Farah, Kosgei, Hassan chase hour world records in Brussels; TV, stream info

Mo Farah
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How far can one run in an hour on a track? Some of the world’s greatest distance runners will provide answers on Friday.

Mo FarahBrigid Kosgei and Sifan Hassan headline fields in rarely contested one-hour races at a Diamond League meet in Brussels. Olympic Channel: Home of Team USA and NBC Sports Gold air coverage on Friday at 2 p.m. ET.

The women go first. Kosgei and Hassan are the world’s dominant female distance runners.

Kosgei, a 26-year-old Kenyan, took 81 seconds off Paula Radcliffe‘s 16-year-old marathon world record last Oct. 13, clocking 2:14:04 to win the Chicago Marathon.

Hassan, a 27-year-old, Ethiopia-born Dutchwoman, holds the mile and road 5km world records and is the reigning world champion at 1500m and the 10,000m.

The women’s hour record is 18,517 meters — or 11.5 miles — set by Ethiopian Dire Tune in 2008. Hassan’s European record in the half marathon (13.1 miles) is 65:15. If she matches that pace for an hour, she will break the record.

Kosgei has gone even faster in the half marathon — 64:49 — the second-fastest time in history.

In the later men’s race, Farah takes aim at the hour record of 21,285 meters — or 13.2 miles — set by Ethiopian legend Haile Gebrselassie in 2007.

Farah, a four-time Olympic champion between 5000m and 10,000m, owns a half marathon best of 59:32. Last year, he covered 13.1 miles in 59:07 on a non-record-eligible course (66 seconds shy of Geoffrey Kamworor‘s world record), a pace that would give him the hour record if replicated Friday.

Other Brussels headliners include Mondo Duplantis perhaps taking aim at the outdoor pole vault world record and Olympic 1500m champion Faith Kipyegon in a bid to run the fastest women’s 1000m in history.

Here are the Brussels entry lists. Here’s the schedule of events (all times Eastern):

1:03 p.m. ET — Women’s 100m Hurdles
1:11 — Women’s One Hour
1:45 — Men’s Pole Vault
1:59 — Women’s High Jump
2:18 — Women’s 100m
2:23 — Men’s 1500m
2:34 — Women’s 400m
2:42 — Men’s 200m
2:47 — Women’s 1000m
2:55 — Men’s One Hour

MORE: Trayvon Bromell’s return from destruction, death to sprinting

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12-year-old skateboarders earn medals at world championships

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At the world skateboarding championships, 12-year-olds Chloe Covell from Australia and Onodera Ginwoo from Japan earned silver and bronze medals, respectively, in Sunday’s street finals.

In the women’s event, Covell took silver behind Brazilian 15-year-old Rayssa Leal, who was a silver medalist herself at the Tokyo Games.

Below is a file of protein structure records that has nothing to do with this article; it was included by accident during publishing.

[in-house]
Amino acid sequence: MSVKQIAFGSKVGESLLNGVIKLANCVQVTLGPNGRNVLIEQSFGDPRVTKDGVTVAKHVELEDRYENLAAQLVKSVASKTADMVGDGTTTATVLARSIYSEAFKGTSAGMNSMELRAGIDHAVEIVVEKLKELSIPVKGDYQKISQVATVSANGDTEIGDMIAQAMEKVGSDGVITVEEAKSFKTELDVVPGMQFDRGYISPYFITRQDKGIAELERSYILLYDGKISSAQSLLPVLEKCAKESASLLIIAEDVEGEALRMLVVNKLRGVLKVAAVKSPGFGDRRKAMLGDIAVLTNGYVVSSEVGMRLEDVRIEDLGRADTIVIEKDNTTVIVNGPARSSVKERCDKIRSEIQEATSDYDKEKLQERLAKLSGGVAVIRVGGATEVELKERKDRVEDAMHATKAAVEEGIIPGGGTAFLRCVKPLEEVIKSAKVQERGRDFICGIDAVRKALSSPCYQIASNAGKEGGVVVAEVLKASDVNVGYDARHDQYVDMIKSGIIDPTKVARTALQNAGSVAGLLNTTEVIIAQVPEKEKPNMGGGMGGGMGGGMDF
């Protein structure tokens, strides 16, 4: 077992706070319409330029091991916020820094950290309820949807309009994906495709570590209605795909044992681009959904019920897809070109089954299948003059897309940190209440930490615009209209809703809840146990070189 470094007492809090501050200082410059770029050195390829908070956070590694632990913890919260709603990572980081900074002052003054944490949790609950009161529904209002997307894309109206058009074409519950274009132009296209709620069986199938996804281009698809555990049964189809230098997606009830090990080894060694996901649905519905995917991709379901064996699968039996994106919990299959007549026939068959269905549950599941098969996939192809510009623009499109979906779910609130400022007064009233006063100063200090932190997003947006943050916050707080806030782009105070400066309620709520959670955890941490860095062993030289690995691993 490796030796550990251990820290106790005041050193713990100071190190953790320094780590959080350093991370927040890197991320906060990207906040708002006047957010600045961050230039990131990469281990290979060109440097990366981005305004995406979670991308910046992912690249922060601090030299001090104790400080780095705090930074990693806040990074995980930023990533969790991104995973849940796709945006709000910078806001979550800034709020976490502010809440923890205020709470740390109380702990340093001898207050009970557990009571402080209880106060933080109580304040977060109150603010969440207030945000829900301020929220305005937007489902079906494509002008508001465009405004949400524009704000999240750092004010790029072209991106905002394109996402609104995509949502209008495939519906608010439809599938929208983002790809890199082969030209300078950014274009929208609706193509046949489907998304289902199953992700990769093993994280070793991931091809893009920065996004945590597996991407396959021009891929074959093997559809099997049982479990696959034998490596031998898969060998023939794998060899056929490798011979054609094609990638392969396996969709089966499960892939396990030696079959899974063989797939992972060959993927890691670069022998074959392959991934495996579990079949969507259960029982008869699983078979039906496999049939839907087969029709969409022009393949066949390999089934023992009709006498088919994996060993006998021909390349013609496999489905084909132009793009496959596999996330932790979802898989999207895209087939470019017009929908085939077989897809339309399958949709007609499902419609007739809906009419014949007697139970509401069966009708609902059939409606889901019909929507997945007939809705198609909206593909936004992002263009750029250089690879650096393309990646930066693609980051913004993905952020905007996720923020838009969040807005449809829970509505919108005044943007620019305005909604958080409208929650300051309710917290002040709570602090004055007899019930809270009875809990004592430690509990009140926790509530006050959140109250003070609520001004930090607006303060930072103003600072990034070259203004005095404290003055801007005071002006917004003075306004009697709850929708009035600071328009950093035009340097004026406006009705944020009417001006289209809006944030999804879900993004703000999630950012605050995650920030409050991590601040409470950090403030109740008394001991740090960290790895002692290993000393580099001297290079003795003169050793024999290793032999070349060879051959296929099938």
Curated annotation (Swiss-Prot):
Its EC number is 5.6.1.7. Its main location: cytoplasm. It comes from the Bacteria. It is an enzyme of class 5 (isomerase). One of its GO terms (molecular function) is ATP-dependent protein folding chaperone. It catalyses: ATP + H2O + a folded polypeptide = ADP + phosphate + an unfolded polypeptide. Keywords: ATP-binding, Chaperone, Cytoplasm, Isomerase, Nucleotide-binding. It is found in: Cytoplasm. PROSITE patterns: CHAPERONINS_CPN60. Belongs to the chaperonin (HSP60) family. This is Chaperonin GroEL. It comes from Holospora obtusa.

Frenchman Aurélien Giraud, a 25-year-old who was sixth in skateboarding’s Olympic debut in Tokyo, won the men’s final in the United Arab Emirates. Ginwoo was third behind Portugal’s Gustavo Ribeiro.

The top Americans were Olympic men’s bronze medalist Jagger Eaton in sixth and 15-year-old Paige Heyn in seventh in the women’s event.

Nyjah Huston, a six-time world champion who placed seventh in Tokyo, missed worlds after August surgery for an ACL tear.

Up to three men and three women per nation can qualify per event (street and park) for the 2024 Paris Games. World rankings come June 2024 determine which Americans qualify.

In Tokyo, four of the 12 skateboarding medalists were ages 12 or 13.

Japan’s Kokona Hiraki, then 12, won silver in women’s park to become the youngest Olympic medalist since 1936, according to Olympedia.org. Japan’s Momiji Nishiya, then 13, won women’s street and became the youngest gold medalist in an individual event since 1936.

Worlds conclude this week with the men’s and women’s park events. The finals are Saturday.

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Francesco Friedrich, most decorated bobsledder in history, rebounds for 12th world title

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A week after his first major championships defeat in seven years, German Francesco Friedrich returned to his winning ways to close the world bobsled championships on Sunday.

Friedrich’s four-man sled won the world title by 69 hundredths of a second over British and Latvian sleds that tied for silver, combining times from four runs over the last two days in St. Moritz, Switzerland. It marked Great Britain’s first world championships men’s bobsled medal since 1966.

Geoff Gadbois drove the lone U.S. sled in the field, finishing 18th.

Friedrich, the most decorated bobsledder in history, extended his records with a fifth consecutive world four-man title and 12th world championship between two- and four-man events.

Germany swept all four titles at bobsled worlds with four different drivers taking gold.

Friedrich had won 12 consecutive Olympic or world titles before taking two-man silver at worlds last week in St. Moritz, Switzerland. He was dethroned in that event by countryman Johannes Lochner.

Friedrich has been hampered recently by a muscle injury from sprint training in late December. Going into worlds, Lochner had won four consecutive World Cup two-man races, while Hall won the last two World Cups in four-man.

Friedrich, 32, said before this season that he plans to make the 2026 Milan-Cortina Winter Games his final competition. Friedrich and push athlete Thorsten Margis can break the record of four career Olympic bobsled gold medals that they currently share with retired Germans Andre Lange and Kevin Kuske.

The World Cup season concludes with stops in Igls, Austria, and Sigulda, Latvia, the next two weekends.

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